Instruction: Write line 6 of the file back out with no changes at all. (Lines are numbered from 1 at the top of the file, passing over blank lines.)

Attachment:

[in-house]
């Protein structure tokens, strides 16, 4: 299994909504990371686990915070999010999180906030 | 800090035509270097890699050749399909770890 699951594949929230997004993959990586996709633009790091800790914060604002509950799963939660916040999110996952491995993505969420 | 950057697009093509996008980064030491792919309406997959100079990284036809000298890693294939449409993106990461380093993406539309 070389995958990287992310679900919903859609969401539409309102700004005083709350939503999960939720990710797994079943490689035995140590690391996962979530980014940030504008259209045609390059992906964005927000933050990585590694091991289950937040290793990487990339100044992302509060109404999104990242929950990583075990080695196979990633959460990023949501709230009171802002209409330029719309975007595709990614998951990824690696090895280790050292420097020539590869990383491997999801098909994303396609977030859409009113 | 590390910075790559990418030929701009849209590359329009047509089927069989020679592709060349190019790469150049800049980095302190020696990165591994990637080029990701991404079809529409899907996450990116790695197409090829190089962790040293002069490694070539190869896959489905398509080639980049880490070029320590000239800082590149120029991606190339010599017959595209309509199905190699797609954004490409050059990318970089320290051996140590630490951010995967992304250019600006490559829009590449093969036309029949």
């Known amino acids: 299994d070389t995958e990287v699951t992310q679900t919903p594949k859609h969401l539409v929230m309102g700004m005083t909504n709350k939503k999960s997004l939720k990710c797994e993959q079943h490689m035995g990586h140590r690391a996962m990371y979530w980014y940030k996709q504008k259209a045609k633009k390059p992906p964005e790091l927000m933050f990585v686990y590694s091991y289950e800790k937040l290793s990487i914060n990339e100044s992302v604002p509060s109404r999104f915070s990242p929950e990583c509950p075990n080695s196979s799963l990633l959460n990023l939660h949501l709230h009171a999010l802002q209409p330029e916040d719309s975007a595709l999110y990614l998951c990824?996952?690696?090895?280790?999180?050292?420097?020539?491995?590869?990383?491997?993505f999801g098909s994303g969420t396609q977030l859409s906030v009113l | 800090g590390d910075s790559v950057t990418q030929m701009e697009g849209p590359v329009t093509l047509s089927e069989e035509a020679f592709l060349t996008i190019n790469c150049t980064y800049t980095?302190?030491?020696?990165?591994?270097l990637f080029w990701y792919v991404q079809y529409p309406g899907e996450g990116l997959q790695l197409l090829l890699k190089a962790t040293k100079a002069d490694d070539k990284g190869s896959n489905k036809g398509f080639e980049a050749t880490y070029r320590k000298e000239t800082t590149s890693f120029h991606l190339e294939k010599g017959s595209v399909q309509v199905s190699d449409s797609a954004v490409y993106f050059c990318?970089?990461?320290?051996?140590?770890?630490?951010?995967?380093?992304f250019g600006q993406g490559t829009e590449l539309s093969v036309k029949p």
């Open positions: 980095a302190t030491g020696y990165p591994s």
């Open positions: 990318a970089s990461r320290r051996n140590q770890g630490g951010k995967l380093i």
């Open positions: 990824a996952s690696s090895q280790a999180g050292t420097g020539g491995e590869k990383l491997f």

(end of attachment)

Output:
């Open positions: 990824a996952s690696s090895q280790a999180g050292t420097g020539g491995e590869k990383l491997f």